Thursday, August 07, 2008

a girl and her father

While vacationing in Madison I spent a quarter to buy a copy of Neil Gaiman's Coraline at Saint Vinnie's on Willy Street. As the book comes to a close the title character heroically takes on a final Herculean challenge and in doing so uses trickery worthy of Odysseus himself to rid the world of the witch's disembodied hand which pursues her. She has learned about bravery from her sweet-natured, absent-minded dad and she thinks of him while she tries to keep up her nerve. Gaiman writes:
She tried to whistle, but nothing happened, so she sang out loud instead, a song her father had made up for her when she was a little baby and which had always made her laugh. It went,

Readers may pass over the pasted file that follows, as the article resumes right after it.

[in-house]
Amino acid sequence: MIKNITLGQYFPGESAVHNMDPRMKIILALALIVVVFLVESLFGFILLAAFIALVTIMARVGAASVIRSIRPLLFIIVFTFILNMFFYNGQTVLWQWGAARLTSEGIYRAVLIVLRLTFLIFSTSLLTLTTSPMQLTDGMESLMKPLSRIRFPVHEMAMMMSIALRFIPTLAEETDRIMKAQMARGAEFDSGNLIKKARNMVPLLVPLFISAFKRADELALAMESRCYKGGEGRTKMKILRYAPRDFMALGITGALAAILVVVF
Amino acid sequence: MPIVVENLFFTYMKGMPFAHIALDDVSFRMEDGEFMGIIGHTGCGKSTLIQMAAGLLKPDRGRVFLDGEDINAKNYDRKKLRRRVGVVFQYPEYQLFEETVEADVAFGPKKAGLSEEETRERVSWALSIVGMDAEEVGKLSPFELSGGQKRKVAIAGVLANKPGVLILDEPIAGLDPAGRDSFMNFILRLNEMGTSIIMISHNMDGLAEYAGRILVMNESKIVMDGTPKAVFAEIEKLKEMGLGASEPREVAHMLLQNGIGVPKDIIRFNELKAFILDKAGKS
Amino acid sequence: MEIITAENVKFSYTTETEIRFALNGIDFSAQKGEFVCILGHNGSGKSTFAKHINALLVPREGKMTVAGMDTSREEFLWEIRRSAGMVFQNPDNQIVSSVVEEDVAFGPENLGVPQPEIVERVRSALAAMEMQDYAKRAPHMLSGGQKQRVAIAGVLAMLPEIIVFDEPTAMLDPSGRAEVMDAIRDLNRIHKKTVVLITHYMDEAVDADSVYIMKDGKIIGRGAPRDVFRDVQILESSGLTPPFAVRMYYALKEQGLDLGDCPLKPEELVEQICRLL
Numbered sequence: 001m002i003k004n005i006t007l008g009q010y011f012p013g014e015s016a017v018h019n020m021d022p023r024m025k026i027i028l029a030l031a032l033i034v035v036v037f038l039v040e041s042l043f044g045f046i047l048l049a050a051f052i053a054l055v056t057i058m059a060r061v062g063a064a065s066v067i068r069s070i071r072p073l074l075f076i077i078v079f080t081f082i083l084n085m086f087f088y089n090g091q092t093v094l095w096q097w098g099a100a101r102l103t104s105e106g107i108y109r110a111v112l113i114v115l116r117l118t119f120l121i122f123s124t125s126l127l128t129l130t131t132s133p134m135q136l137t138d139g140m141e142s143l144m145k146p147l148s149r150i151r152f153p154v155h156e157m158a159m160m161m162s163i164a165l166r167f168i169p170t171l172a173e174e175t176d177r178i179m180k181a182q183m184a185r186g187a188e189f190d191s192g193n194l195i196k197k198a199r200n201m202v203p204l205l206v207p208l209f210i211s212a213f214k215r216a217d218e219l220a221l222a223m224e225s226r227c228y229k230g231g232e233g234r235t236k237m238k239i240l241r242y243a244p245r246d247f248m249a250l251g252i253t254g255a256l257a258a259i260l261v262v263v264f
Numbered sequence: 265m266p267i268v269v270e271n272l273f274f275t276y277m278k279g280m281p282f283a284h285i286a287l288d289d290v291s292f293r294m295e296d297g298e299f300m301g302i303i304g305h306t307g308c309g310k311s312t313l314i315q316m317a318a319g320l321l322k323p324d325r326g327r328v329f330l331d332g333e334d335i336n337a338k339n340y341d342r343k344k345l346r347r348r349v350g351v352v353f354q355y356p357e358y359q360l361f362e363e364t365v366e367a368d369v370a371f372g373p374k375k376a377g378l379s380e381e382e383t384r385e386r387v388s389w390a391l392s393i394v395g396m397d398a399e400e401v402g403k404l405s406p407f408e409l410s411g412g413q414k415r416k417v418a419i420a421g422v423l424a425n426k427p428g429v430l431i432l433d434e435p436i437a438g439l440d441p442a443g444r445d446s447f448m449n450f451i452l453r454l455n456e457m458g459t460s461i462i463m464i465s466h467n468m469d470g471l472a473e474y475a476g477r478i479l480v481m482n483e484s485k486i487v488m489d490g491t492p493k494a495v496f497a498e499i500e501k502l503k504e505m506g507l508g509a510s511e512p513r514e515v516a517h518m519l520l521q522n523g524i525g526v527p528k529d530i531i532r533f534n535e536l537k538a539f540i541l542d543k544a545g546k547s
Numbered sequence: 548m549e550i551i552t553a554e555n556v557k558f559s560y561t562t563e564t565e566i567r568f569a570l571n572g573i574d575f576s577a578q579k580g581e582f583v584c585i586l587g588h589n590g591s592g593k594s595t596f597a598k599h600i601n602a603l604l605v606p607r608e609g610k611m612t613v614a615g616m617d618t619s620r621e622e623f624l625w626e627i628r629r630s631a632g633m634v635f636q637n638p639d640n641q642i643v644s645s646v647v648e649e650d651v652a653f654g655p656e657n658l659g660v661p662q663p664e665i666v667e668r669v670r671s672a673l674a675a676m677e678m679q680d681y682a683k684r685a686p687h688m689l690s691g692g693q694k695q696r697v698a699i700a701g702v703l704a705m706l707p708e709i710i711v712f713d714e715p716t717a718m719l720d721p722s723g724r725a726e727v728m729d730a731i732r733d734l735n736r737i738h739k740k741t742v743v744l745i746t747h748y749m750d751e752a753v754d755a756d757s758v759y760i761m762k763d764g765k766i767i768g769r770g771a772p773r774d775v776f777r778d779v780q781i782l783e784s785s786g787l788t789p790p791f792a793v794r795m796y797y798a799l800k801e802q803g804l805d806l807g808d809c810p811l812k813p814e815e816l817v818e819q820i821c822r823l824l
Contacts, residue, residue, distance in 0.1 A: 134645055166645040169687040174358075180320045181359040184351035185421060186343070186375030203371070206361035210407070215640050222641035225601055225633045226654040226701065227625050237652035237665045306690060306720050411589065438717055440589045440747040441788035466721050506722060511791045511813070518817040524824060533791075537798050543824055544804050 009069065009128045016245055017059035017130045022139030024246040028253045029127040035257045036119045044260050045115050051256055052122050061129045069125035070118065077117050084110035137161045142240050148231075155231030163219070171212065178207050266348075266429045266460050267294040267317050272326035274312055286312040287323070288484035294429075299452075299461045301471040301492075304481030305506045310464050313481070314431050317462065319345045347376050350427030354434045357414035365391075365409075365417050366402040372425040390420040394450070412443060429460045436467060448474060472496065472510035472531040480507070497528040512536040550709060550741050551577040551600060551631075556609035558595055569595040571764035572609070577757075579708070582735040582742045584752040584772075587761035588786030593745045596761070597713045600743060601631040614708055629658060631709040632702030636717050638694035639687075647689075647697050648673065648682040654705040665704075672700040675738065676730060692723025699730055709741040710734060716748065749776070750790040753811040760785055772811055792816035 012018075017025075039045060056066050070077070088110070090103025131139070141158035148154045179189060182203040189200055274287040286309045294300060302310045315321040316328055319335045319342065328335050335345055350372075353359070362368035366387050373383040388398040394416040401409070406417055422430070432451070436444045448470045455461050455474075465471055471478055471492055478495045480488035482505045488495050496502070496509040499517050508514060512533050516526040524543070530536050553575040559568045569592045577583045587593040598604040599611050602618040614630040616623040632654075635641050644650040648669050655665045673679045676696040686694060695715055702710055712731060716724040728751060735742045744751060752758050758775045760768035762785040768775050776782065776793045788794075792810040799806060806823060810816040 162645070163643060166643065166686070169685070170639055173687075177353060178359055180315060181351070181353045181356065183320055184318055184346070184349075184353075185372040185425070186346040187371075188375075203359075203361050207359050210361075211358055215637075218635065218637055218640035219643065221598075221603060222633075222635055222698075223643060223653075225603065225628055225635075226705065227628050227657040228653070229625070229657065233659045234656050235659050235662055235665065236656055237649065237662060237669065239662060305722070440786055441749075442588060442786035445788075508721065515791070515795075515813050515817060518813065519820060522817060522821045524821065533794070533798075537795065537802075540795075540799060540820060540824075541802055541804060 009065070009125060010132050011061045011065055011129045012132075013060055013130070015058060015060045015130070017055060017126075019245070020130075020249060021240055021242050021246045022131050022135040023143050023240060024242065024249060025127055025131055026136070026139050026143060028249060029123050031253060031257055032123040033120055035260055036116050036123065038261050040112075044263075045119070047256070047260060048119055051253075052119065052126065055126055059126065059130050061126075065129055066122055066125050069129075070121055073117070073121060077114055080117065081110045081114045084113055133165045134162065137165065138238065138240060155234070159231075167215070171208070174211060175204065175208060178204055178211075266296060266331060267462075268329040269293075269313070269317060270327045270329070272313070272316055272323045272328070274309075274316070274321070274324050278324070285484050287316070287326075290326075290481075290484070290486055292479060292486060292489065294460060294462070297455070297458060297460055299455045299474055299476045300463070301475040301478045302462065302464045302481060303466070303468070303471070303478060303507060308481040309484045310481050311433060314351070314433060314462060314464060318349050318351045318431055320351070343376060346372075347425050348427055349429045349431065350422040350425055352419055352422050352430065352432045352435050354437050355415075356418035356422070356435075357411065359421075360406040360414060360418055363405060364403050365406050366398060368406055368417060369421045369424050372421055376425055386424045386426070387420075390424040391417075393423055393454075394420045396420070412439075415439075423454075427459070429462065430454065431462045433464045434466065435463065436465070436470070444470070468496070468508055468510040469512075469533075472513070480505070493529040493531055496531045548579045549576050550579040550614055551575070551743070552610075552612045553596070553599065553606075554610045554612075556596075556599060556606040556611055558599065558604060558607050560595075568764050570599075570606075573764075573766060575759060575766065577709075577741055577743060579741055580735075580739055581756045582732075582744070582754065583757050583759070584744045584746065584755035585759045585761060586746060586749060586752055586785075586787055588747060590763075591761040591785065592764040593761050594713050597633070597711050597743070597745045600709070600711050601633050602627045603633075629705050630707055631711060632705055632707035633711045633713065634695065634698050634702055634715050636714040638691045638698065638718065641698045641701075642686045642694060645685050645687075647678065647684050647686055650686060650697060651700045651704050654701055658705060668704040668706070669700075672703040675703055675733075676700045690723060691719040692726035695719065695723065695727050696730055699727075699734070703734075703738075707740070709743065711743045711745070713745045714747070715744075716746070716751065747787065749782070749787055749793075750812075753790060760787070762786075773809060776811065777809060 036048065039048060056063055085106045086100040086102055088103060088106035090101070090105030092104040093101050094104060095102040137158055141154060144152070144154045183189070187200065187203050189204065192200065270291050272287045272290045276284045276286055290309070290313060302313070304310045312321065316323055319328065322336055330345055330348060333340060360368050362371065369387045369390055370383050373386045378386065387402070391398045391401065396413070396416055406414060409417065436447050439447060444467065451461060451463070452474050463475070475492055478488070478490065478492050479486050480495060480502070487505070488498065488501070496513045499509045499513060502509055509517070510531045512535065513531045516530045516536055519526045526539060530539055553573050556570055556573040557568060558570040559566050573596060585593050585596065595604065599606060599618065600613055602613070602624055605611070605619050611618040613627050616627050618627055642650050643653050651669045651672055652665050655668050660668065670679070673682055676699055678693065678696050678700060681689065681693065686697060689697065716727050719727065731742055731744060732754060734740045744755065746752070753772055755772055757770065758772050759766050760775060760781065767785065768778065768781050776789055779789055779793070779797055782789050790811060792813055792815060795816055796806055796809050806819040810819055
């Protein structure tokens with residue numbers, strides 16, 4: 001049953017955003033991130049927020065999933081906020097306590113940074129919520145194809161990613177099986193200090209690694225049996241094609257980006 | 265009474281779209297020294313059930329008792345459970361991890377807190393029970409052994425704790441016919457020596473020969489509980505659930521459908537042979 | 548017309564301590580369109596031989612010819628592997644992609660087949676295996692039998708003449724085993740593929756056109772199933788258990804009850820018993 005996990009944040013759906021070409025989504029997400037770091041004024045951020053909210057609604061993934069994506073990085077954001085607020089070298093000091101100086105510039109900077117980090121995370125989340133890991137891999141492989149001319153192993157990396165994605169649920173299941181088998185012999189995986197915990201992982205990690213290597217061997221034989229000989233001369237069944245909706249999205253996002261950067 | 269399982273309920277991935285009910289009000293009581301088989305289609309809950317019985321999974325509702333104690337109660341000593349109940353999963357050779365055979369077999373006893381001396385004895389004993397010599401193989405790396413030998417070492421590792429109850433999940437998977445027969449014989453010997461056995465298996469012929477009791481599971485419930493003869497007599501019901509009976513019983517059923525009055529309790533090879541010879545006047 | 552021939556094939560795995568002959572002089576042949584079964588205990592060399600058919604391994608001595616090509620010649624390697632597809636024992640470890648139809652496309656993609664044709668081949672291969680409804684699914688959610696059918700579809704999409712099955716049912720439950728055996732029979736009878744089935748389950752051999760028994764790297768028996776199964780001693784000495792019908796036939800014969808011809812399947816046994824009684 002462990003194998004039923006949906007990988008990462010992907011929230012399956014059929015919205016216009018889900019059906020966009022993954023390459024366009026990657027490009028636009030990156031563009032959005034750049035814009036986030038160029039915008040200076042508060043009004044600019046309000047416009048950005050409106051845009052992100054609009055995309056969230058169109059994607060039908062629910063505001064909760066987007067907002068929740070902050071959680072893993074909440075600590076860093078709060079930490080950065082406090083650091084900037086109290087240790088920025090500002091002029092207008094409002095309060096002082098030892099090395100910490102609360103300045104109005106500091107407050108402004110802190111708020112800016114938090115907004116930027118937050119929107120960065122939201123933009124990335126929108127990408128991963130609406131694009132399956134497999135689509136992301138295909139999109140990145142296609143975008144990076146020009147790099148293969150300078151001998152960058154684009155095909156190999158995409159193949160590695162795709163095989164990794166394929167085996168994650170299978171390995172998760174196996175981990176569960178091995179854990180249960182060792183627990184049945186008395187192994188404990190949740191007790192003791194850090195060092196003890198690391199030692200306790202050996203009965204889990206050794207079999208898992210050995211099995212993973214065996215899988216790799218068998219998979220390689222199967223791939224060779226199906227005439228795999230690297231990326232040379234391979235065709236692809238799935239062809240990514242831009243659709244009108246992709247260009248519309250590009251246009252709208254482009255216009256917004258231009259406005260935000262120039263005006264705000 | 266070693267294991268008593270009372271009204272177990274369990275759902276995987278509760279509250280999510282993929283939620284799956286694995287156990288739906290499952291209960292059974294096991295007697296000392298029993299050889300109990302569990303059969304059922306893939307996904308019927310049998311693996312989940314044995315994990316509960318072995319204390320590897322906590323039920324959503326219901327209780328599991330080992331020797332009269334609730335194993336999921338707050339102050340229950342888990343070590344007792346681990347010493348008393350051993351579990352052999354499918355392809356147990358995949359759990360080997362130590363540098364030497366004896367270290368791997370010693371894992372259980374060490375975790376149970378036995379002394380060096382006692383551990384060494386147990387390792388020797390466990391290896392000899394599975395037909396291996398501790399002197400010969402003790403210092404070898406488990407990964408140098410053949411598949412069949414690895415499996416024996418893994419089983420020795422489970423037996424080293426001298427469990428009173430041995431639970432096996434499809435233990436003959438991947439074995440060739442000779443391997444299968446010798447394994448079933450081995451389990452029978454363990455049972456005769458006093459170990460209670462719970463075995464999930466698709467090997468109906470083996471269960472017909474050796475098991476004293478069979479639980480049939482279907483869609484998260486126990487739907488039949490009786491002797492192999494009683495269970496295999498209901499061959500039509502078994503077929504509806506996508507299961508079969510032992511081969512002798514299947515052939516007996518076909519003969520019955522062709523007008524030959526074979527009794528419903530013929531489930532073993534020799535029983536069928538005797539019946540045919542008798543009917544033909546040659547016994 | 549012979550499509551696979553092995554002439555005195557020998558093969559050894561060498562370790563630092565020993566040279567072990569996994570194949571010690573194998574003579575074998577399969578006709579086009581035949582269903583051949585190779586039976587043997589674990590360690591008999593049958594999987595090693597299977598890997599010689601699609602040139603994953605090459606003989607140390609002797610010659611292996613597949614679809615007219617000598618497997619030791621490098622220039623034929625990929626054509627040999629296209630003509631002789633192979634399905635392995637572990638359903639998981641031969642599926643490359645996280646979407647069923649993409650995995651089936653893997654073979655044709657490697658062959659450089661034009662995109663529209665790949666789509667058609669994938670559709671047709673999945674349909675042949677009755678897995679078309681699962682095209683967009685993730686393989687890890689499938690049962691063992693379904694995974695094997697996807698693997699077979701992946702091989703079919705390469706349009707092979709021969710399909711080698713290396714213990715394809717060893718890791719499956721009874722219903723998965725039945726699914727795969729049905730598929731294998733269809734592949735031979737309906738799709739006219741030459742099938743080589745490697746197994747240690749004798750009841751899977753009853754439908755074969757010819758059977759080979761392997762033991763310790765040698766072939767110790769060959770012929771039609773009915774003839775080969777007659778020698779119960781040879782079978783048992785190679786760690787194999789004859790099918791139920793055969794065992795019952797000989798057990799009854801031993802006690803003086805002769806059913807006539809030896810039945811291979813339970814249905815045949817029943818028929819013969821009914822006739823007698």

Oh --- my twitchy witchy girl
I think you are so nice,
I give you bowls of porridge
And I give you bowls of ice
I give you lots of kisses,
And I give you lots of hugs,
But I never give you sandwiches
With bugs
That was what she sang as she sauntered through the woods, and her voice hardly trembled at all. (pp. 156-57)

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